U.S. jury clears five exiles in Castro murder plot
By John Marino
SAN JUAN, Puerto Rico (Reuters) – Moments after a U.S. jury Wednesday found five Cuban exiles not guilty of plotting to kill Cuban President Fidel Castro, some jury members hugged the freed men and helped unfurl Cuban and Puerto Rican flags outside the courthouse.
“This verdict is a message to the people of Cuba that we are with them in their hope,” jury foreman Carlos Avila told reporters.
The case was the first time the U.S. Justice Department charged anyone with plotting to kill Castro, an arch foe of the United States since his 1959 revolution.
In Havana, Castro criticized the U.S. court system.
“The news has just arrived that the terrorist group intercepted on its way to Margarita with powerful weapons to assassinate me — which were, like the boat, property of that influential Mafia — were acquitted,” he said in a statement read by a student leader at a rally in Havana.
“Some of the best-known leaders of that organization, with proven participation in the events, were not even included in the trial.”
He was referring to the anti-Castro exile group Cuban American National Foundation (CANF) as “that organization” and ”Mafia.”
“This demonstrates how untrustworthy the courts of that country are in these circumstances.”
RIFLES ON BOARD
U.S. authorities alleged the men — some of whom were captured off Puerto Rico on a boat loaded with military gear including sniper rifles — wanted to murder the Communist leader during a 1997 Ibero-American summit on Venezuela’s Margarita Island.
The defense argued the men were peaceful protesters and the weapons were meant for protection against Cuban authorities.
The U.S. District Court jury deliberated for eight hours over two days before finding Angel Alfonso, 59, Angel Hernandez Rojo, 62, Francisco Secundino Cordova, 51, Jose Rodriguez Sosa, 59, and Jose Antonio Llama, 67, not guilty on all counts.
Ninoska Perez, a spokeswoman for the Cuban American National Foundation, applauded the verdicts.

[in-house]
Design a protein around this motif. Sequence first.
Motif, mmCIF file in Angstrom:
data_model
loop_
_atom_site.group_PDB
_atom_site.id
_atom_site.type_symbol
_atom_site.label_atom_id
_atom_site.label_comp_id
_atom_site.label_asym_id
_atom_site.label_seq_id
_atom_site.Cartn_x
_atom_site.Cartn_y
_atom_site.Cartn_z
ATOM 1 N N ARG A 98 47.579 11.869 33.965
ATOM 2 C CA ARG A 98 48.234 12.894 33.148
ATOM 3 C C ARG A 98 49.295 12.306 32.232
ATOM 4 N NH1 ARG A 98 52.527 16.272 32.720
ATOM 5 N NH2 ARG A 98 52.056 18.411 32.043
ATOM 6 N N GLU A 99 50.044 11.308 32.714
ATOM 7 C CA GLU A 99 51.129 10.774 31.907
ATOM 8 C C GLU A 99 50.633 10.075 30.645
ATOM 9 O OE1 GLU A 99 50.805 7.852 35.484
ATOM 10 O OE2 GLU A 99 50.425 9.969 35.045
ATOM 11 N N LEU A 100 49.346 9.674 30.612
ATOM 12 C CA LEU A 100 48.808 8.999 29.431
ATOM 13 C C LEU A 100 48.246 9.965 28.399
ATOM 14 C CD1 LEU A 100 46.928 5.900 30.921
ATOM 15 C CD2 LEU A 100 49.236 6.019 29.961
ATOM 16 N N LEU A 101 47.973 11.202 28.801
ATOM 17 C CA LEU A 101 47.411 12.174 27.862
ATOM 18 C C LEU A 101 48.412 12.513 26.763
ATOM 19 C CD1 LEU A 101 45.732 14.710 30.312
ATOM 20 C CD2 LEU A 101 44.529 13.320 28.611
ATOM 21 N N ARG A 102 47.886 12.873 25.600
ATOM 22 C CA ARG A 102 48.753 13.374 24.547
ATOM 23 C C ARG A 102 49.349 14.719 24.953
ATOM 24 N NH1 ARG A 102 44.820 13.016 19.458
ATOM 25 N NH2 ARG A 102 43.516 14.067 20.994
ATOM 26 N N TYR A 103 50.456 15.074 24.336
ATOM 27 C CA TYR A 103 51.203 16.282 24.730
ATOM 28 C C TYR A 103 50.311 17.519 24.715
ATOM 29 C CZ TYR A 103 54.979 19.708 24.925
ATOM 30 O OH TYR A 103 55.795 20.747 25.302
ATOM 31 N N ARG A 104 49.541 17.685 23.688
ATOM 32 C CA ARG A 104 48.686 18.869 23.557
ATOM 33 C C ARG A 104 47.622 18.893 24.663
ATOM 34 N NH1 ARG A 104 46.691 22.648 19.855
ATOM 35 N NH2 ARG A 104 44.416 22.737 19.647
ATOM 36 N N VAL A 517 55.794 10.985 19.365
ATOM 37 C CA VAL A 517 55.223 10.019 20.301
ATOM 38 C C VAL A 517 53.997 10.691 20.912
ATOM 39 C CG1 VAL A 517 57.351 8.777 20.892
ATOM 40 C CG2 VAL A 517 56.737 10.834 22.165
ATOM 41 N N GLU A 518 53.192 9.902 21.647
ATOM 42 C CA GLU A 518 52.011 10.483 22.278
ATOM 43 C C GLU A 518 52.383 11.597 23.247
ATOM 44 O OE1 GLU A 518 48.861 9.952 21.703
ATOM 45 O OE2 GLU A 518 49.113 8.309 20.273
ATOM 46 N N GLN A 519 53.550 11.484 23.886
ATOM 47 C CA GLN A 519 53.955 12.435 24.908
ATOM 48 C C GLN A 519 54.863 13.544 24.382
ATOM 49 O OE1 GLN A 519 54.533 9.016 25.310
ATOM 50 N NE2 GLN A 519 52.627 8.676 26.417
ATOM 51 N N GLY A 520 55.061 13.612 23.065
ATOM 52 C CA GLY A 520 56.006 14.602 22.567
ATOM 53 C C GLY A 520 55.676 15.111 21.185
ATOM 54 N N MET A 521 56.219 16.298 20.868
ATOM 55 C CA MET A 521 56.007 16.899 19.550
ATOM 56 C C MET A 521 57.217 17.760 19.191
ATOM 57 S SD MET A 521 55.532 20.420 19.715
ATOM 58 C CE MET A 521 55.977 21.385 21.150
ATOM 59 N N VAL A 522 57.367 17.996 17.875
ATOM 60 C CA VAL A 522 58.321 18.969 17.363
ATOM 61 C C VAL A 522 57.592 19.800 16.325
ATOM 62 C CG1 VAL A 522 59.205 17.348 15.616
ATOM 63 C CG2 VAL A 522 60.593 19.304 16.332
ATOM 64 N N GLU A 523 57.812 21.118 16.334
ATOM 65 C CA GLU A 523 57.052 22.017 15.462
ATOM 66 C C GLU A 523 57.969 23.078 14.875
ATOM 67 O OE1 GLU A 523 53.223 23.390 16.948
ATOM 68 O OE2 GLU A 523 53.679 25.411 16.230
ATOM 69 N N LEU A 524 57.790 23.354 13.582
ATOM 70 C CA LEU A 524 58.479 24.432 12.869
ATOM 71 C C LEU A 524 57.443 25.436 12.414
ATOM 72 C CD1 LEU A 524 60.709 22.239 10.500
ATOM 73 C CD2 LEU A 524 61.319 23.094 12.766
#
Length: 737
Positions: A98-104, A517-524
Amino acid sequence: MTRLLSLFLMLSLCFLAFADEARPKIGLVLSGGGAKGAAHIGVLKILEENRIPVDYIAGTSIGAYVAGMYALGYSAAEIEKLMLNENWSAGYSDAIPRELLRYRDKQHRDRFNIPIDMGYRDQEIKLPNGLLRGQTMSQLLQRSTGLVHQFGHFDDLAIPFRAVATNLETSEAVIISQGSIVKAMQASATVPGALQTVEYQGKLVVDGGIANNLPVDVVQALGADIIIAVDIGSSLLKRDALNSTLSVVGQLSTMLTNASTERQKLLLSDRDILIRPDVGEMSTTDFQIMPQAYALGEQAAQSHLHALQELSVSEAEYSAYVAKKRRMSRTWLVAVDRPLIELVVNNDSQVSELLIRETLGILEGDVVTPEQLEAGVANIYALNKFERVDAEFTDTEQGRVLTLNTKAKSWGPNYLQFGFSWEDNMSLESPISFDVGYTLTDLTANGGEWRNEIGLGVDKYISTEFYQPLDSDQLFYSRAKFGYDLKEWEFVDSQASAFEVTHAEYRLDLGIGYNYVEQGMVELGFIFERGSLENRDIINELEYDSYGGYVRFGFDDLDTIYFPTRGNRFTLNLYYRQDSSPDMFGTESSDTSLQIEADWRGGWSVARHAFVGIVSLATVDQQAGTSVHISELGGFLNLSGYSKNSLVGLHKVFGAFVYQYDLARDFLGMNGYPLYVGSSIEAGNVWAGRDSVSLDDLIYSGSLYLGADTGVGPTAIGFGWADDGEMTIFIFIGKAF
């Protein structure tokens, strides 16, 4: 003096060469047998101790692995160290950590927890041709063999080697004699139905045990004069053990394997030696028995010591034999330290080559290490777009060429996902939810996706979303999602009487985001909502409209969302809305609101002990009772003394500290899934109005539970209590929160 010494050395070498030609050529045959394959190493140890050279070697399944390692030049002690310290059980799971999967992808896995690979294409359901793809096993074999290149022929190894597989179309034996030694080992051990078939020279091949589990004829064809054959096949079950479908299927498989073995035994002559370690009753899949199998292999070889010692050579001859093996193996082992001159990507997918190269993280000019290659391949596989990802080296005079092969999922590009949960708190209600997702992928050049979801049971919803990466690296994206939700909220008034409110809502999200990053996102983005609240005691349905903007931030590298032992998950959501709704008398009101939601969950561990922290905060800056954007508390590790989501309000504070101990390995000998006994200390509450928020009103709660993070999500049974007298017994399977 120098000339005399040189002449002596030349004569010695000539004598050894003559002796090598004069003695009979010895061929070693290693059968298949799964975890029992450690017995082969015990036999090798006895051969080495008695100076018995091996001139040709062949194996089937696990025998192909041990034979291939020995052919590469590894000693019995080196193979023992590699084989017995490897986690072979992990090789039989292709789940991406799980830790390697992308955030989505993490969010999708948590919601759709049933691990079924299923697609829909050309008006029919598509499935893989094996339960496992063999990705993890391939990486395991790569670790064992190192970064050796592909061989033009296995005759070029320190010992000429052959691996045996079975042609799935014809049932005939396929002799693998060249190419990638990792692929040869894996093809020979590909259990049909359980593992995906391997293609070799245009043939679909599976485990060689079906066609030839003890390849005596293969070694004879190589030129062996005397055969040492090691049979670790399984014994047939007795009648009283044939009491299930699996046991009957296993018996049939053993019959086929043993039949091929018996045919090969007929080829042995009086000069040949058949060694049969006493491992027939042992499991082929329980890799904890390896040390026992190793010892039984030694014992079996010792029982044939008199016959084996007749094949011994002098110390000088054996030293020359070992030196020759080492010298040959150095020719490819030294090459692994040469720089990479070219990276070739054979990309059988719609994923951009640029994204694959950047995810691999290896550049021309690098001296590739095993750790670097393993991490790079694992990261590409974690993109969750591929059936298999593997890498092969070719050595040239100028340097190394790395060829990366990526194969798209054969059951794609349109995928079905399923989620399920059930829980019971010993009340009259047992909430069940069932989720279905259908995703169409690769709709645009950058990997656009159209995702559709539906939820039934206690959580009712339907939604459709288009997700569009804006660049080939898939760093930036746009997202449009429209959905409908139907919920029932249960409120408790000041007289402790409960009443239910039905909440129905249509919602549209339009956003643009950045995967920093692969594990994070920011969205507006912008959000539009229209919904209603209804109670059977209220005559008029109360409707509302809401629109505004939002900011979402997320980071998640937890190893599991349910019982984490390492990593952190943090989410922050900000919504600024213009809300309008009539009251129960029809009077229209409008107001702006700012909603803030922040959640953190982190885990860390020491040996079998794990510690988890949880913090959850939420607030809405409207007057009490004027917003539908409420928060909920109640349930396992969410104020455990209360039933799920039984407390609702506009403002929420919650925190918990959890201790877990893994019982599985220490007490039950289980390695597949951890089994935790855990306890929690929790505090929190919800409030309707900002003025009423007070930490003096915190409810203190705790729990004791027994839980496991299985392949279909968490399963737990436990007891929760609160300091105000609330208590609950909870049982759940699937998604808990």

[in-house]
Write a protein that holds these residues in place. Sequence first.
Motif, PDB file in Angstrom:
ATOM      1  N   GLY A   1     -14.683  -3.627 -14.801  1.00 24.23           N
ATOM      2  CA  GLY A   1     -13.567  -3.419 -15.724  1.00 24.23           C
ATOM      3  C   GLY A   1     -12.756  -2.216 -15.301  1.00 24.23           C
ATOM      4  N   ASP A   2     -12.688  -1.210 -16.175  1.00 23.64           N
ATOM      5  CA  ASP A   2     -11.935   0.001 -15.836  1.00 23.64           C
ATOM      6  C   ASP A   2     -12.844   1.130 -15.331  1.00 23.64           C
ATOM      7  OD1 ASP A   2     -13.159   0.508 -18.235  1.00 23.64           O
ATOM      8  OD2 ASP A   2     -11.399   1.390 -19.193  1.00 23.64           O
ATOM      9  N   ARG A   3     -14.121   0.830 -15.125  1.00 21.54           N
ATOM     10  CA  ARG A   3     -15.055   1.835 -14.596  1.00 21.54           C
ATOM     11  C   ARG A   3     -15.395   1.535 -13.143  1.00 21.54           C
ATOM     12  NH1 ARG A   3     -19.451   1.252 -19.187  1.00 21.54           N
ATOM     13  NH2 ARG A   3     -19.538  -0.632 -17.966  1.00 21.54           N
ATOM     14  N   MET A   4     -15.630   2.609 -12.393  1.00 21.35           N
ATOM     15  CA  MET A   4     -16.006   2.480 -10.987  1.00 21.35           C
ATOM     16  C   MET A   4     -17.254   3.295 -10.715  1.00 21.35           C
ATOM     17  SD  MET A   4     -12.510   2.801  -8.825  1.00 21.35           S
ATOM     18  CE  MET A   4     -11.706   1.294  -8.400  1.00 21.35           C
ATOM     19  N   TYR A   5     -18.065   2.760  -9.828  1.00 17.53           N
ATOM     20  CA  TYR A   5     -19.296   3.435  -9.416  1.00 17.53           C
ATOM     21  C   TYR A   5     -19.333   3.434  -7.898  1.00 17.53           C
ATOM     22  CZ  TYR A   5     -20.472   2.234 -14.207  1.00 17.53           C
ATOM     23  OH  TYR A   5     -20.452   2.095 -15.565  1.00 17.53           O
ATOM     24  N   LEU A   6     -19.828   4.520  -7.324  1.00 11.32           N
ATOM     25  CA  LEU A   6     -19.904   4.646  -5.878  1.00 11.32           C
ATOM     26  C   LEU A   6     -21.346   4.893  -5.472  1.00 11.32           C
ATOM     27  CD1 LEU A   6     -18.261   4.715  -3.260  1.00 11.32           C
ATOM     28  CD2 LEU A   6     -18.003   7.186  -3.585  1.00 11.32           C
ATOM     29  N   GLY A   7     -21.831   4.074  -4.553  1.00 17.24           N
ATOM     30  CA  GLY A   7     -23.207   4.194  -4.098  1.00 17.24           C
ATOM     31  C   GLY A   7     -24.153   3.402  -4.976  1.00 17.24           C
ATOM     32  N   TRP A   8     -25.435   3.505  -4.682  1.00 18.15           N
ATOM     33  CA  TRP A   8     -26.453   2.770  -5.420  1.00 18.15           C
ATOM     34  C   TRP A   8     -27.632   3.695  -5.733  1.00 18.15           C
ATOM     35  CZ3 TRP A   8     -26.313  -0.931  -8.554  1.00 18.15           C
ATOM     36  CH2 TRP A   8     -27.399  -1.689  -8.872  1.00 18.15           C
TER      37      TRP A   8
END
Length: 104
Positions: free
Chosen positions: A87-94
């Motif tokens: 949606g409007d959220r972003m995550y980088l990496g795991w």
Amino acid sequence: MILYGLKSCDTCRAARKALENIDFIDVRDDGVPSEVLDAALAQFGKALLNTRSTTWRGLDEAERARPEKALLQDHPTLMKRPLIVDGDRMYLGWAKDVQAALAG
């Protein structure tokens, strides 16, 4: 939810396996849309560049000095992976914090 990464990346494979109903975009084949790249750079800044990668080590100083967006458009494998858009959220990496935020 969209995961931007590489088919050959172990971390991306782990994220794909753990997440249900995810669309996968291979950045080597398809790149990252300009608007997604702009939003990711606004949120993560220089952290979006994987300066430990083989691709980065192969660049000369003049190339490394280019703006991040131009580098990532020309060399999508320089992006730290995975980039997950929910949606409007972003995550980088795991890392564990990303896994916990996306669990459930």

“We think justice has been done despite the fact that they moved the trial from Miami to Puerto Rico, thinking that the Cuban-American community here would put pressure on this case or whatever,” she said. “Despite the efforts from the Clinton administration, it took a jury in Puerto Rico to exonerate these Cubans.”
The case dated back to Oct. 27, 1997, when four men — Alfonso, Hernandez, Secundino and Juan Bautista Marquez, 62 — were taken into custody aboard a cabin cruiser, La Esperanza, off the west coast of Puerto Rico.
CONSPIRACY CHARGES REJECTED
A subsequent indictment named Alfredo Domingo Otero, 68, Rodriguez, and Llama, the boat’s owner and an executive board member of the Miami-based CANF, a leading architect of hard-line U.S. policy toward Communist Cuba.
The men on La Esperanza raised the suspicions of U.S. authorities when they said they were on a fishing trip. After hauling the vessel into port, the U.S. Coast Guard found high-powered rifles, ammunition, night-scopes, goggles, fatigues and high-tech communications gear.
All the defendants faced charges of conspiracy to assassinate an internationally protected person and others related to the use of a vessel in carrying out that crime. The three defendants on the boat on Oct. 27 who were on trial also faced charges of weapons smuggling and lying to authorities.
Over the two-week trial, prosecutors called in expert witnesses to try to persuade the jury of eight women and four men that the defendants plotted to kill Castro.
But one defense witness, Lazaro Betancourt, a member of Castro’s security detail who defected in April, testified that security was so tight on Margarita that the men could not possibly have carried out the assassination.
Last week, Laffitte dismissed charges against Otero and Nautical Sports, Inc., a firm belonging to Llama. Bautista was too ill to stand trial.
Copyright 1999 Reuters Limited.